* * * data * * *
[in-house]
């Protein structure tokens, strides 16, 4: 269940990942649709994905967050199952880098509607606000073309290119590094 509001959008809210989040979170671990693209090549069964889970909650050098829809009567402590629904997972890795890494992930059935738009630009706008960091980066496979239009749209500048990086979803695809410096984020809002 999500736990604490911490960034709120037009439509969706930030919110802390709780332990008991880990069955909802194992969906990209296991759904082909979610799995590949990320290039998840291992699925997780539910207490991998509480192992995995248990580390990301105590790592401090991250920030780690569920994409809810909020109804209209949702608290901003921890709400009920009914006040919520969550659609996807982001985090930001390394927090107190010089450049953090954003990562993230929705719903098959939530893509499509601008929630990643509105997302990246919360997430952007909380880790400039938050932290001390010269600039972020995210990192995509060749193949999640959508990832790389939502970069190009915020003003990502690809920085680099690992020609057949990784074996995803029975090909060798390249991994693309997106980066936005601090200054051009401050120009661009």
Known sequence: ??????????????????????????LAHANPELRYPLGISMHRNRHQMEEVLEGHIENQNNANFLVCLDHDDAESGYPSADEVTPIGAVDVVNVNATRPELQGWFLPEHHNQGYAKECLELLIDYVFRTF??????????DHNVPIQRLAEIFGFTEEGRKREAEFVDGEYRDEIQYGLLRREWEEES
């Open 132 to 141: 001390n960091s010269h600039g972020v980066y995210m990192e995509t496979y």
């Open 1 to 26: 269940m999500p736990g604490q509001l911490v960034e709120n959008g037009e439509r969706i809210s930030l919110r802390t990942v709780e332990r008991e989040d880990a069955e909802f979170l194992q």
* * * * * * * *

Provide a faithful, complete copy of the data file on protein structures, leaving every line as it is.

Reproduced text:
[in-house]
């Protein structure tokens, strides 16, 4: 269940990942649709994905967050199952880098509607606000073309290119590094 509001959008809210989040979170671990693209090549069964889970909650050098829809009567402590629904997972890795890494992930059935738009630009706008960091980066496979239009749209500048990086979803695809410096984020809002 999500736990604490911490960034709120037009439509969706930030919110802390709780332990008991880990069955909802194992969906990209296991759904082909979610799995590949990320290039998840291992699925997780539910207490991998509480192992995995248990580390990301105590790592401090991250920030780690569920994409809810909020109804209209949702608290901003921890709400009920009914006040919520969550659609996807982001985090930001390394927090107190010089450049953090954003990562993230929705719903098959939530893509499509601008929630990643509105997302990246919360997430952007909380880790400039938050932290001390010269600039972020995210990192995509060749193949999640959508990832790389939502970069190009915020003003990502690809920085680099690992020609057949990784074996995803029975090909060798390249991994693309997106980066936005601090200054051009401050120009661009």
Known sequence: ??????????????????????????LAHANPELRYPLGISMHRNRHQMEEVLEGHIENQNNANFLVCLDHDDAESGYPSADEVTPIGAVDVVNVNATRPELQGWFLPEHHNQGYAKECLELLIDYVFRTF??????????DHNVPIQRLAEIFGFTEEGRKREAEFVDGEYRDEIQYGLLRREWEEES
């Open 132 to 141: 001390n960091s010269h600039g972020v980066y995210m990192e995509t496979y």
């Open 1 to 26: 269940m999500p736990g604490q509001l911490v960034e709120n959008g037009e439509r969706i809210s930030l919110r802390t990942v709780e332990r008991e989040d880990a069955e909802f979170l194992q």